“Simulation is no longer that of a territory, a referential being or substance. It is a generation by models of a real without origin or reality: a hyperreal.” — Jean Baudrillard, 1981
“Whoah” — Keanu Reeves, 1999.
Philosophers, artists and stoned teenagers have grappled for centuries with the nature of reality, and the impossibility of ever truly knowing if what we experience as real is, well, actually real.
Doubting the world around us is a peculiarly human trait. Gazelles do not go around thinking “but wait, what if this pack of hungry lions running towards me isn’t real?” And any that do start thinking that way are likely to experience some pretty swift Darwinian consequences.
By contrast, the gazelle who thinks “that looks like a lion, I’d better nick off” is a gazelle that stands a very good chance of staying alive and continuing to nick off for a great number of years, regardless of whether or not every single thing from which it nicks off is, in fact, real.
Somewhere along the evolutionary road, humans developed the twin gifts of self-awareness and creativity. And this has lead us to make a pretty bold distinction between things that are actual things and things that are not actually anything at all: real and unreal.
And good old reality used to feel pretty reliable. We tended to think we had a decent handle on what was real and what wasn’t. We’d get together in big, smug groups and laugh at all those stupid gazelles on the savannah, getting startled by puffs of wind and nicking off from absolutely nothing at all.
But things change. We’ve gone digital, online, wireless. We’ve spent the last fifty years or so cheerfully severing the links between representations of things and the things they represent. And in the last decade we’ve really stepped up the pace.
Digitisation has enabled infinite reproduction. Data can be endlessly cloned and distributed without any discernible loss of fidelity. And almost anything can be reduced to data: art, knowledge, ideas, debt, money, history, culture. Even physical objects can be scanned, modelled and analysed as digital data, and spat back out into the world courtesy of a 3D printer.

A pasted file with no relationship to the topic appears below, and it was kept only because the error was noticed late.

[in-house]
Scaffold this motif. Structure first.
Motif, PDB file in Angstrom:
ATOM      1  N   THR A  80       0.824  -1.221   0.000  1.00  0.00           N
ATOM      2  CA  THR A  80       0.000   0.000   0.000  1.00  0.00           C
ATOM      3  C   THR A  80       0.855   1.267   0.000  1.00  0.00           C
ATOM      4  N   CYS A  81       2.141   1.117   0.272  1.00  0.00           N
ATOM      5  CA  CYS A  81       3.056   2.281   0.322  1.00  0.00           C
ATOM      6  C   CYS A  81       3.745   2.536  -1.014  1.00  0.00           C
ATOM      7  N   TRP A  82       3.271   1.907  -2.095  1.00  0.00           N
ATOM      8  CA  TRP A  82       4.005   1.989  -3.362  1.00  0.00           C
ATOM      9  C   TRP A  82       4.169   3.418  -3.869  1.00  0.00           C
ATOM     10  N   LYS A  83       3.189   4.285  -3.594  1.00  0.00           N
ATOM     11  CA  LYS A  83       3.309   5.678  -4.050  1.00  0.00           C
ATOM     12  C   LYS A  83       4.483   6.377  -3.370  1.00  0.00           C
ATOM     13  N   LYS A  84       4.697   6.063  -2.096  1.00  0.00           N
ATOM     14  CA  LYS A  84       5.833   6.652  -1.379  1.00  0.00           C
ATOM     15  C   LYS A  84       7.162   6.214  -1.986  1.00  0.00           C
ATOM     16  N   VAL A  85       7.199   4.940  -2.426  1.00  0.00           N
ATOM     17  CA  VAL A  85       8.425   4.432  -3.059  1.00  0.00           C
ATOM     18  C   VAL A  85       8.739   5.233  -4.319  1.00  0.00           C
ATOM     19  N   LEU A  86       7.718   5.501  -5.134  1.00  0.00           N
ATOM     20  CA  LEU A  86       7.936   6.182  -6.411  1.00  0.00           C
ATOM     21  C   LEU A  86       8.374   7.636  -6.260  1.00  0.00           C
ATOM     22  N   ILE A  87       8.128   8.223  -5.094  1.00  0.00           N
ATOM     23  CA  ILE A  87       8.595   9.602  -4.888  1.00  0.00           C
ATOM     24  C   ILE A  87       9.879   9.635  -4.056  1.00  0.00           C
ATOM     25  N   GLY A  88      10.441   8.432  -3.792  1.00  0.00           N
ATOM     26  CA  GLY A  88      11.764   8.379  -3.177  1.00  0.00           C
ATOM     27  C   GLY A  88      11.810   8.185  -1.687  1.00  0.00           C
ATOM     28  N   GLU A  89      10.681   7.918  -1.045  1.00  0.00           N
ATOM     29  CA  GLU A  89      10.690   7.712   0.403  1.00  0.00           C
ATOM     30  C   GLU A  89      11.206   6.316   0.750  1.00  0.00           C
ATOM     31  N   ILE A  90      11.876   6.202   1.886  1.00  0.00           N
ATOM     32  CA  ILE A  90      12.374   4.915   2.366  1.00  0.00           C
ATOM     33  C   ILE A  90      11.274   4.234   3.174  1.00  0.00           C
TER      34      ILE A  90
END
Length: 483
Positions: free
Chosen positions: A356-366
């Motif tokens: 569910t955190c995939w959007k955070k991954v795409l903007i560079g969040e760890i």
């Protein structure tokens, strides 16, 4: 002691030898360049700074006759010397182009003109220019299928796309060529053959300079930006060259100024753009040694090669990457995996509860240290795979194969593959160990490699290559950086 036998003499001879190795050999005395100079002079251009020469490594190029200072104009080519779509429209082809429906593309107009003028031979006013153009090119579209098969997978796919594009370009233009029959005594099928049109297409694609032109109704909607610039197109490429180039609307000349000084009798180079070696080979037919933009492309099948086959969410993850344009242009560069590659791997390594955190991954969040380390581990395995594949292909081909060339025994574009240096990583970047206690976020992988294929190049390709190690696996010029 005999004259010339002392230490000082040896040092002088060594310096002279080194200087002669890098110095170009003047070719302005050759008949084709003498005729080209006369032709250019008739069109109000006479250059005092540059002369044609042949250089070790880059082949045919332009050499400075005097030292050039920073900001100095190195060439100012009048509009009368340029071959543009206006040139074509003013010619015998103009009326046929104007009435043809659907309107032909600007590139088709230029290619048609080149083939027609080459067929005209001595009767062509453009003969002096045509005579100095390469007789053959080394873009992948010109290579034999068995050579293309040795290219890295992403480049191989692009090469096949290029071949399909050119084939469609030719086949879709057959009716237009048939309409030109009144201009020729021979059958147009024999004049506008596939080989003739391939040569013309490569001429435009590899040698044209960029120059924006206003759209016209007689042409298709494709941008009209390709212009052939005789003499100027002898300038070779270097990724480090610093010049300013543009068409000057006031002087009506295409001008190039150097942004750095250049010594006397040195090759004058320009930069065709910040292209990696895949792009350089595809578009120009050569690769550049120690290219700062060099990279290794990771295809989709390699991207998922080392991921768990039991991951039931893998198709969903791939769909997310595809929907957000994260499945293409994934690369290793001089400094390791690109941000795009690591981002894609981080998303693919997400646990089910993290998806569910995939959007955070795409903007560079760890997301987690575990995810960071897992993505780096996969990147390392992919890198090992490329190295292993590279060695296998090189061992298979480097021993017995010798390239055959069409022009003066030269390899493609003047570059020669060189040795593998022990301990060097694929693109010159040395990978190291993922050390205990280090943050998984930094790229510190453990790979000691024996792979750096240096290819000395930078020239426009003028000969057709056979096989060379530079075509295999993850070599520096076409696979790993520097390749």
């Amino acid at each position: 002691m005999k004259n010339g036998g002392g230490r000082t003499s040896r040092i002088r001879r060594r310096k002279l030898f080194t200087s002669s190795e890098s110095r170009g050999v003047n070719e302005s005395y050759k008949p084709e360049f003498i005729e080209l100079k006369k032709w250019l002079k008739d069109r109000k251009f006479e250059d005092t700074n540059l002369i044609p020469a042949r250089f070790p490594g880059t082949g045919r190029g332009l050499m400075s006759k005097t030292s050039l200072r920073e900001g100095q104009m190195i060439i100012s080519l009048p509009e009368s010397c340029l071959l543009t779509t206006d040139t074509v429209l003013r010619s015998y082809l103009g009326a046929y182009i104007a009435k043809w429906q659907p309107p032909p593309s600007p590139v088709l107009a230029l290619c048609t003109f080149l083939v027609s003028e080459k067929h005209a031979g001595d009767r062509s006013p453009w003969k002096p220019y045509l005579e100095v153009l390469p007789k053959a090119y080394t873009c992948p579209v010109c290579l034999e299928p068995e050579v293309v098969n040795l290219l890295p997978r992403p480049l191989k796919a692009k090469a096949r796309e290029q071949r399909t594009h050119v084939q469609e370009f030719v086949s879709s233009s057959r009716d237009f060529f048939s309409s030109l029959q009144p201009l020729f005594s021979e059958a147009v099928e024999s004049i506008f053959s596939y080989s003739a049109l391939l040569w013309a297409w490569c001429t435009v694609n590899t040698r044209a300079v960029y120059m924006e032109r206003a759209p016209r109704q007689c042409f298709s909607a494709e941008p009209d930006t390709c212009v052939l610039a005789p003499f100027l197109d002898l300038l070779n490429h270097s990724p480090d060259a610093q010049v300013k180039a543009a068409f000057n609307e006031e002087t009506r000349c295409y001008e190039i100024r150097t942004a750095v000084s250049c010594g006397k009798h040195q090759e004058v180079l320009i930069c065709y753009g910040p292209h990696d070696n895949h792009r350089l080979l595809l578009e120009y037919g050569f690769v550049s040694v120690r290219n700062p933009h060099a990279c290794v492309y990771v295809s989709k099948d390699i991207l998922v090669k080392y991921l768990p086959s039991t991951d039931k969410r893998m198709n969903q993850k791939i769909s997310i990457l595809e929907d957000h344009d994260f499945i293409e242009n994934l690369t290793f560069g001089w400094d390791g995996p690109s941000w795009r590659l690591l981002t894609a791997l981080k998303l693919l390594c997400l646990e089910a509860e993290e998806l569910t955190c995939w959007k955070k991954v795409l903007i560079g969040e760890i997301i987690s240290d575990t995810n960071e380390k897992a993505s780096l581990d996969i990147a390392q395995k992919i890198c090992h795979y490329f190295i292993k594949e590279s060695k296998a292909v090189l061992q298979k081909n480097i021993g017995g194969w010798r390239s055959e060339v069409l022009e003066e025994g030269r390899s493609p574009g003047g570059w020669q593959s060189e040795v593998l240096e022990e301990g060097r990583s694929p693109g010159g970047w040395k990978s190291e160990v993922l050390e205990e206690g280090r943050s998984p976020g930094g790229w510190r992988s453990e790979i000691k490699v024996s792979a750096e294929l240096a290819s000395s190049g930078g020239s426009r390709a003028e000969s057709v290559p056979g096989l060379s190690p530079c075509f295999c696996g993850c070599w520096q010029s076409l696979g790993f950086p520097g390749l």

Our digital photos are enhanced with effects which represent imperfections and characteristics of an analogue medium that has been killed off because we all take digital photos (which we enhance with effects which represent imperfection…well, you get the idea).
And money? Hah! Pure fantasy. It’s been decades since money actually represented real gold, of course, but now we have apps which represent the money which used to but no longer represents gold.
About 70% of trading of the US stock market is conducted by algorithms! Entire economies are reliant on automated software trading vast amounts of money that doesn’t really exist, following sets of rules which are largely designed to respond to market activity which is mostly generated by other software systems doing the same thing. Nearly three quarters of the US stock market is just a bunch of computers passing imaginary money back and forth between themselves.
So nothing is real. Fine. Great. At least we own that. We rule this world, and we alone possess the power of invention, of creating something from nothing. If you want to hear some bullshit, go talk to a human being.
And now we’re really on a roll. We are so enamoured with making shit up that we reckoned it would be fun to make up some new things that can go right ahead make up their own shit. Our computers have started to create things.
Artificial intelligence and machine learning has been advancing at a startling rate. The explosion of work in this field is producing new kinds of software. Software which behaves less like the cold true/false, if-this-then-that logic gates of traditional programming and much more like our own fuzzy trial-and-error approach to problem solving.
And sure, what the computers are doing right now isn’t what you might call real creativity or real invention. But if it’s a good enough simulation of the real thing, and inevitably it will be so good that we can no longer tell the difference, then what difference does it make?
For the first time in human history, we’re looking down the barrel of a world in which, not only are we fundamentally uncertain of what is real, we aren’t even the sole creators of the unreality that surrounds us.
Baudrillard would be having ball right now if he wasn’t dead.
All of which brings us, in a roundabout sort of way, to Advance Party and our current mission. The Unreal World is an investigation into the opportunities and risks presented to creators and communicators in the age of people who don’t exist, of dead musicians going on tour,and text generators too dangerous to make public. We hope you’ll join us for the ride. It’s should be a real good time.